Denver Slashes First Responder Budgets To Aid Undocumented Immigrant Crisis

(FeaturedHeadlines.com) The city of Denver recently unveiled a bold plan to address a growing immigration challenge, reallocating funds from several key departments to assist undocumented immigrants who have arrived in Colorado’s capital in large numbers.

The city’s Democratic Mayor, Mike Johnston, announced the plan, describing it as a strategic move to avoid the worst-case budget cuts. Dubbed the “Newcomer Program Strategy,” the initiative involves an allocation of nearly $90 million to provide assistance and shelter to undocumented immigrants throughout 2024.

To fund this program, the city, led by Democrats, will reduce police spending by $8.4 million, fire department funding by $2.5 million, and implement a 2.2% cut in the Sheriff’s Department budget.

Mayor Johnston emphasized that after more than a year of collectively addressing the crisis, Denver has developed a sustainable plan to treat newcomers with dignity while preserving essential city services. He stressed that this action demonstrates the solvability of their toughest challenges through collective effort.

Despite its sanctuary city status, Denver has struggled with a rapid influx of migrants, with approximately 40,000 arriving earlier this year. In response, Mayor Johnston swiftly implemented a policy that mandates migrant families to leave shelters after a period of six-weeks.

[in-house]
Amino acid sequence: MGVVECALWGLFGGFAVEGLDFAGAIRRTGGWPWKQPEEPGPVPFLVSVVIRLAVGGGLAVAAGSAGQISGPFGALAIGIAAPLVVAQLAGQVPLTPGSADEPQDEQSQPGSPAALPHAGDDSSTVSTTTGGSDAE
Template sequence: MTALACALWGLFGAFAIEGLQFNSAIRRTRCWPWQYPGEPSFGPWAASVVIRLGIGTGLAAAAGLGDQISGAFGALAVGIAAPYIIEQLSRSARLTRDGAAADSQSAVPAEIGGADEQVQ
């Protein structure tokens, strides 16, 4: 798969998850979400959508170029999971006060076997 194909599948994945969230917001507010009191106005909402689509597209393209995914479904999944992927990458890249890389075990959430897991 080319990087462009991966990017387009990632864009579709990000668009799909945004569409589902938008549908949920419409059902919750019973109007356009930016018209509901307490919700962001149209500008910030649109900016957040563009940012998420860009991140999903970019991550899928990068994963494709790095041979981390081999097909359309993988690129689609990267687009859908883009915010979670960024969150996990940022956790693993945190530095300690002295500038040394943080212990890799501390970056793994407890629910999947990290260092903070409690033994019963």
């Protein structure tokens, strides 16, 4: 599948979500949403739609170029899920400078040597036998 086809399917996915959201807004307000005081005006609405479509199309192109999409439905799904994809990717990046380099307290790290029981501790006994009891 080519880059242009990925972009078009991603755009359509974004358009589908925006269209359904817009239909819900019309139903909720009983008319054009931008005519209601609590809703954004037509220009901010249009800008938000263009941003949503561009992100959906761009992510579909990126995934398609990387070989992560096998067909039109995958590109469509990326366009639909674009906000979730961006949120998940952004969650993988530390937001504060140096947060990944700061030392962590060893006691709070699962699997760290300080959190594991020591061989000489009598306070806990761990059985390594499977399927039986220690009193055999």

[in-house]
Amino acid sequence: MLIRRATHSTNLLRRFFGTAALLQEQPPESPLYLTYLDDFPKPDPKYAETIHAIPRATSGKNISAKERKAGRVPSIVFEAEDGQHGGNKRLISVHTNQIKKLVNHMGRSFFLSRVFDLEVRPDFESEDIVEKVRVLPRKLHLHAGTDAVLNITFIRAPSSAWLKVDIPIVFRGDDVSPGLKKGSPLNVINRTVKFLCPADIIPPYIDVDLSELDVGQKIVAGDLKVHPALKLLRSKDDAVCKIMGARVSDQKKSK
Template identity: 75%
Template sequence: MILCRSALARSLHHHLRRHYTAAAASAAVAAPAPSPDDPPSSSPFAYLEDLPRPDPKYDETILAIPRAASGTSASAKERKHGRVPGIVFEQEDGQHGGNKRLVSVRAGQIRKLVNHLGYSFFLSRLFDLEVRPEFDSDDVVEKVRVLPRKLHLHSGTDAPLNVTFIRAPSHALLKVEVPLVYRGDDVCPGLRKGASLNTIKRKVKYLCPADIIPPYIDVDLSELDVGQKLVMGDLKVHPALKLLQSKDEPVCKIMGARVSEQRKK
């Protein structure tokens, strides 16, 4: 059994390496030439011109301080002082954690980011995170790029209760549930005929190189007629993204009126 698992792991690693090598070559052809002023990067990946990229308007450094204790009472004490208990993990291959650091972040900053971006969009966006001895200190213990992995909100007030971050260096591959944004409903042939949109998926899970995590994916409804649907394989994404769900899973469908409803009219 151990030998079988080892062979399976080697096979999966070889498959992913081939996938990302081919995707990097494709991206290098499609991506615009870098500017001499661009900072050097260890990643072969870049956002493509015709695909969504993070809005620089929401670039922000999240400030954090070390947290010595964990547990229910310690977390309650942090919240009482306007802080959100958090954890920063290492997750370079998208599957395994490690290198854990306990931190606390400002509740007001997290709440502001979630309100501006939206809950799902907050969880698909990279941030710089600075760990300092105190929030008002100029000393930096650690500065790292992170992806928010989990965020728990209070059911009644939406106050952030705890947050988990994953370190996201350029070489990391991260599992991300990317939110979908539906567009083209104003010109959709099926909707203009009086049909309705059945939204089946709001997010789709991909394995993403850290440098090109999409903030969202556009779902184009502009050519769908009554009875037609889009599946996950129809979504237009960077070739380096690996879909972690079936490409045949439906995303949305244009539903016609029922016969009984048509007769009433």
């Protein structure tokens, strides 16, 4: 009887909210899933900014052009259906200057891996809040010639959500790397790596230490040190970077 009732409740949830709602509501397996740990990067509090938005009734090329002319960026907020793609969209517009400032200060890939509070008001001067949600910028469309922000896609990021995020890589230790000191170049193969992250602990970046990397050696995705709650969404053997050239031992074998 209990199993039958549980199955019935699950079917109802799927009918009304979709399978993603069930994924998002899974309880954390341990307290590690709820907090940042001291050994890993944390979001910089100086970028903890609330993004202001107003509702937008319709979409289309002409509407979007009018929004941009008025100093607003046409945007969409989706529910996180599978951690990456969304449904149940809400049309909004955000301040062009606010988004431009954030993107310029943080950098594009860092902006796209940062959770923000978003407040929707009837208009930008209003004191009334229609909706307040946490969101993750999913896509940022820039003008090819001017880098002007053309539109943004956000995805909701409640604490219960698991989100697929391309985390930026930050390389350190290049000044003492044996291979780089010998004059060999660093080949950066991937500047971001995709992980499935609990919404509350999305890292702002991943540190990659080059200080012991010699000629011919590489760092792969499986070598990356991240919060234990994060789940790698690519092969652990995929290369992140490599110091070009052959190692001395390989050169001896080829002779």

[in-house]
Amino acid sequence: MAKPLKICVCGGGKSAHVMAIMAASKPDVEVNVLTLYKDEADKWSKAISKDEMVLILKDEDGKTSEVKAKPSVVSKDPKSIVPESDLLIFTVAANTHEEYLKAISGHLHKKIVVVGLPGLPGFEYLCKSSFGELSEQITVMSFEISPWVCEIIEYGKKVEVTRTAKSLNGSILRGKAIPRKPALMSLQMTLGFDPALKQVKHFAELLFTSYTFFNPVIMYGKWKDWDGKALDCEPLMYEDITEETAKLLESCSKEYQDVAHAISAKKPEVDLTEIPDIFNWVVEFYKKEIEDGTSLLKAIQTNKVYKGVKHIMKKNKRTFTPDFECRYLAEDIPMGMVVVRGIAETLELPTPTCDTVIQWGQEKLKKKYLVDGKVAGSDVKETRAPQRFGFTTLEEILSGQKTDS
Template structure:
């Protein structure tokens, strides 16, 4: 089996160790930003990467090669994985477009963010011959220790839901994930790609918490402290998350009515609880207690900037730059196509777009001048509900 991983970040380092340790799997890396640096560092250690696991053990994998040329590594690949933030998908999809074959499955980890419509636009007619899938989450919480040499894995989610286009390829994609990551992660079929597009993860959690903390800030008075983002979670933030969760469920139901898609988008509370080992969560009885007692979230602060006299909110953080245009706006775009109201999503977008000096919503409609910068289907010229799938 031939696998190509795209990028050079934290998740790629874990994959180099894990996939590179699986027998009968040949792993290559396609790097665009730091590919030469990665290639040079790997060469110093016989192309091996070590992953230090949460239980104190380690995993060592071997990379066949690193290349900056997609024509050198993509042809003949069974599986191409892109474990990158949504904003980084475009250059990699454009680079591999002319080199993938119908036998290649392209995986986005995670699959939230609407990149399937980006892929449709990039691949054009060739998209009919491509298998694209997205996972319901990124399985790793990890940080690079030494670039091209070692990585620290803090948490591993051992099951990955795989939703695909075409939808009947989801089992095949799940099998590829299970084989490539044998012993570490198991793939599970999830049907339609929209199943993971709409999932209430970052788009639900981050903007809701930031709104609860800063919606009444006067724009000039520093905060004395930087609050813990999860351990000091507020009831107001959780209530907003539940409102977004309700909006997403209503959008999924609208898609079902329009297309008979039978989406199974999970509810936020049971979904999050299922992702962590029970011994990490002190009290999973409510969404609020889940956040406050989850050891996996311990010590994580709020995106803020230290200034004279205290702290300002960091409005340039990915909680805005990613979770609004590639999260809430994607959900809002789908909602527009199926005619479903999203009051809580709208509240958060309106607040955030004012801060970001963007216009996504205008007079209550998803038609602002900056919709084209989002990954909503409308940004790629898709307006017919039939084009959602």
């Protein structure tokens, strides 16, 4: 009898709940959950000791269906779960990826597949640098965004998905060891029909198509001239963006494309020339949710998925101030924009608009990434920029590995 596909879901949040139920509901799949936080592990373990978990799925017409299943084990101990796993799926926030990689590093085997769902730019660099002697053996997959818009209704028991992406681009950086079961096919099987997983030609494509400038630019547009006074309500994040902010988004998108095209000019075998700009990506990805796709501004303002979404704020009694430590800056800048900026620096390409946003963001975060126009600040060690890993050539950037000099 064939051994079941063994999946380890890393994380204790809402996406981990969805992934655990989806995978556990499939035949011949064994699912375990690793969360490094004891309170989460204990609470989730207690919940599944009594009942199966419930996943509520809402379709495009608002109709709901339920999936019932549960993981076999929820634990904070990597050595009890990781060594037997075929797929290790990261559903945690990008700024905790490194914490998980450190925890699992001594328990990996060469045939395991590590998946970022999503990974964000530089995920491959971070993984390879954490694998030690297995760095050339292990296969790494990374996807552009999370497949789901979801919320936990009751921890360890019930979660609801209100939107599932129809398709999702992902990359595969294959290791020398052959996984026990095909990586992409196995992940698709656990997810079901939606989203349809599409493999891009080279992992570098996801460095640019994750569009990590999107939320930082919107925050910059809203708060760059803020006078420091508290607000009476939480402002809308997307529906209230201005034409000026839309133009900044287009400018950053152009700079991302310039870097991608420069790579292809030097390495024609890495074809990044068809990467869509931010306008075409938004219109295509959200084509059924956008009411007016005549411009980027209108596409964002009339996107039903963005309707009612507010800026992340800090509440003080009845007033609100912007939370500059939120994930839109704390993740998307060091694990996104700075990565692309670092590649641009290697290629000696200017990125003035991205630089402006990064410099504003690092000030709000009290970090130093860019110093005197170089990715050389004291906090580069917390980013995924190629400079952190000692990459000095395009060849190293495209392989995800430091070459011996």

The revised city budget allocates $51.7 million for migrant shelter and housing, with an additional $9.7 million designated for supportive services such as case management and workforce training, along with $6 million for migrant transportation. The mayor’s office will see a significant reduction in spending by 9.6%, with other affected departments including the Economic Development, Public Health and Environment, the Public Library and the City Attorney’s Office.

Denver’s “Newcomer Program Strategy” emerges at a time when Colorado residents express frustration over the immigration crisis at the U.S. southern border, with recent polls identifying immigration as a top concern for the 2024 election.

Meanwhile, Republican pollster Lori Wiegel highlighted immigration as a significant issue among Colorado voters, mirroring national trends.

Colorado has leaned Democratic in recent presidential elections, with President Biden winning the state by nearly 14 points in 2020, signaling a notable increase in Democratic support compared to 2016.

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